Snippet roundup: Biomarin gets a double dose of doubt

Welcome to your weekly roundup of EP Vantage’s snippets – short takes on smaller news items.

This week, May 21-25, 2018, we had thoughts on the following: Biomarin expects slow start for Kuvan’s successor; haemophilia A gene therapy doubts hit Biomarin; Dova is as good as its word with FDA approval. 

These snippets were previously published daily via twitter.

Biomarin expects slow start for Kuvan’s successor

25 May, 2018

With yesterday’s US approval for pegvaliase, Biomarin should be able to combat incoming generic competition for its older phenylketonuria (PKU) drug, Kuvan. But a black box warning for pegvaliase – now tradenamed Palynziq – as well as recent cautious comments from management will have investors watching its launch closely. Palynziq’s net cost will be around $192,000 per year versus $150,000 for Kuvan. Kuvan leaves a lot to be desired: of the 11,000 adult PKU patients in the US, only around 1,400 are adequately controlled with the older drug. Still, Palynziq is not perfect either. The risk of anaphylaxis means that the new product will only be available through a REMs programme. And a strict titration schedule, in which patients will receive 2.5mg per week for four weeks before the dose is upped to 20-40mg per day, could lead to a lacklustre launch – management has admitted that revenues will be “fractional” during this titration phase. Biomarin still believes that Palynziq can eventually become a $1bn drug, while EvaluatePharma consensus forecasts 2024 sales of $370m. The company will provide initial launch numbers for Palynziq in the third quarter – which might give a better idea of whether it can live up to these expectations.

Haemophilia A gene therapy doubts hit Biomarin

23 May, 2018

What goes up must come down. Excitement over Biomarin’s haemophilia A gene therapy candidate valoctocogene roxaparvovec (valrox), spurred by last year’s Ash presentation, was tempered by new data from the same phase I/II trial reported yesterday at the World Federation of Hemophilia meeting in Glasgow, UK. Biomarin ended the day down 2% on two-year results with the highest dose of valrox, 6×1013vg/kg, which found a decline in factor VIII expression levels relative to those seen at Ash. While this raised questions about the durability of response to valrox, some investors argued that it could be positive for Biomarin – the Ash update revealed very high levels of FVIII activity, raising concerns about the risk of thrombosis. Indeed, a Biomarin spokesperson stressed to EP Vantage that no participant in the 201 study now had above-normal FVIII activity. While the company claims that activity with the high dose is “settling”, the apparent downward trend suggests that activity might fall further. Yesterday Biomarin also announced plans to expand its phase III Gener8-1 trial of high-dose valrox, from 40 to 130 patients, to assess superiority versus prophylactic FVIII therapy. That trial will now complete enrolment in the first quarter of 2019.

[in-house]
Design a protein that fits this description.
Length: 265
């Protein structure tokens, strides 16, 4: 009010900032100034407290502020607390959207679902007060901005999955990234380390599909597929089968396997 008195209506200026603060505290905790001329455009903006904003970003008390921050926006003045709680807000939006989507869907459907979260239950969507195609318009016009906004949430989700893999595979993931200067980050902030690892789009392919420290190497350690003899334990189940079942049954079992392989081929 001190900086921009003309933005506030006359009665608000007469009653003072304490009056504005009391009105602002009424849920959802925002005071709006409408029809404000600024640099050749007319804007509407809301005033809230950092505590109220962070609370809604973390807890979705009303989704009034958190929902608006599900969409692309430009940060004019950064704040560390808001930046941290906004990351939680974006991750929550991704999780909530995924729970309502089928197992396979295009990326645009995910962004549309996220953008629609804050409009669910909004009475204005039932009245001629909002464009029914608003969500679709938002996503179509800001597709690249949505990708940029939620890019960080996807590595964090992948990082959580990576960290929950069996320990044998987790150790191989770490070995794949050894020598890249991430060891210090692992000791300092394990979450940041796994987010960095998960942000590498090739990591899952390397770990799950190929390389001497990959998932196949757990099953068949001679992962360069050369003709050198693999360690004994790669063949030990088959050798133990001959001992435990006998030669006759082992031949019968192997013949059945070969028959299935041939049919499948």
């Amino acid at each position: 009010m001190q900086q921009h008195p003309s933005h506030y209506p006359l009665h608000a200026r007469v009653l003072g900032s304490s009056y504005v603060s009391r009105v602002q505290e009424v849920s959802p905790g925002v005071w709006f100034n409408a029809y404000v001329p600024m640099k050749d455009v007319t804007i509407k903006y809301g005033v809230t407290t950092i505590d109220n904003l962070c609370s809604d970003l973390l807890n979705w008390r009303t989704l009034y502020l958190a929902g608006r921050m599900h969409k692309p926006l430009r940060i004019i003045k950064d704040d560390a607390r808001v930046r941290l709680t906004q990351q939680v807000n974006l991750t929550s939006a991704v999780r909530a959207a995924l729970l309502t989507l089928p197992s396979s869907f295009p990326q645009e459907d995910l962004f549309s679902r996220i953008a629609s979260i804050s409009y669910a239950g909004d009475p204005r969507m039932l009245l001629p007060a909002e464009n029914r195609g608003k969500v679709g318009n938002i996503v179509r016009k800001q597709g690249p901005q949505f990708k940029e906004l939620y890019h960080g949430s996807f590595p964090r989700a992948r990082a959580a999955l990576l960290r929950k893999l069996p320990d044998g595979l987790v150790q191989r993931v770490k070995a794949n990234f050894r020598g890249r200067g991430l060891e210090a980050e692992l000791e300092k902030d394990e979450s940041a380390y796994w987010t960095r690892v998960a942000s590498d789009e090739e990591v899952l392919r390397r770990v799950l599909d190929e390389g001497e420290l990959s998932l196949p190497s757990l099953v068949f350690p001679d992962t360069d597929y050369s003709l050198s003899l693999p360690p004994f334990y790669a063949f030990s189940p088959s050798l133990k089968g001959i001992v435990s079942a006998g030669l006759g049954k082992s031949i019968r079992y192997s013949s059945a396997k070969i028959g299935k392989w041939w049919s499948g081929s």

Dova is as good as its word with FDA approval

22 May, 2018

Dova is living the biotech dream, having gone from initial public offering to launch of its first product in less than a year. Now, with US FDA approval in the bag, it needs to set about changing the standard of care in surgical treatment of kidney disease patients with thrombocytopenia from platelet transfusions to avatrombopag. Dova executives have warned that the launch trajectory for avatrombopag, now sold as Doptelet, might not be straightforward, as payers and physicians must be persuaded of its advantages over platelet transfusions – analysts from Leerink recently trimmed their forecast for the pill from $46m to $20m because of this question. Doptelet has the potential to avert tens of thousands of dollars in transfusion costs for each of an estimated 70,000 annual procedures, but Dova will not announce a price until the drug’s June launch date. Shionogi’s lusutrombopag, a potential competitor, is due an FDA decision in August. Dova also expects to file Doptelet with the FDA later this year for idiopathic thrombocytopenic purpura, a space worth more than $1bn a year in which it would be pitted against Amgen’s Nplate and Novartis’s Promacta. The sNDA is based on studies conducted by licensor Eisai; should the regulator demand additional trials, it would add significant R&D costs to Dova’s outlook.

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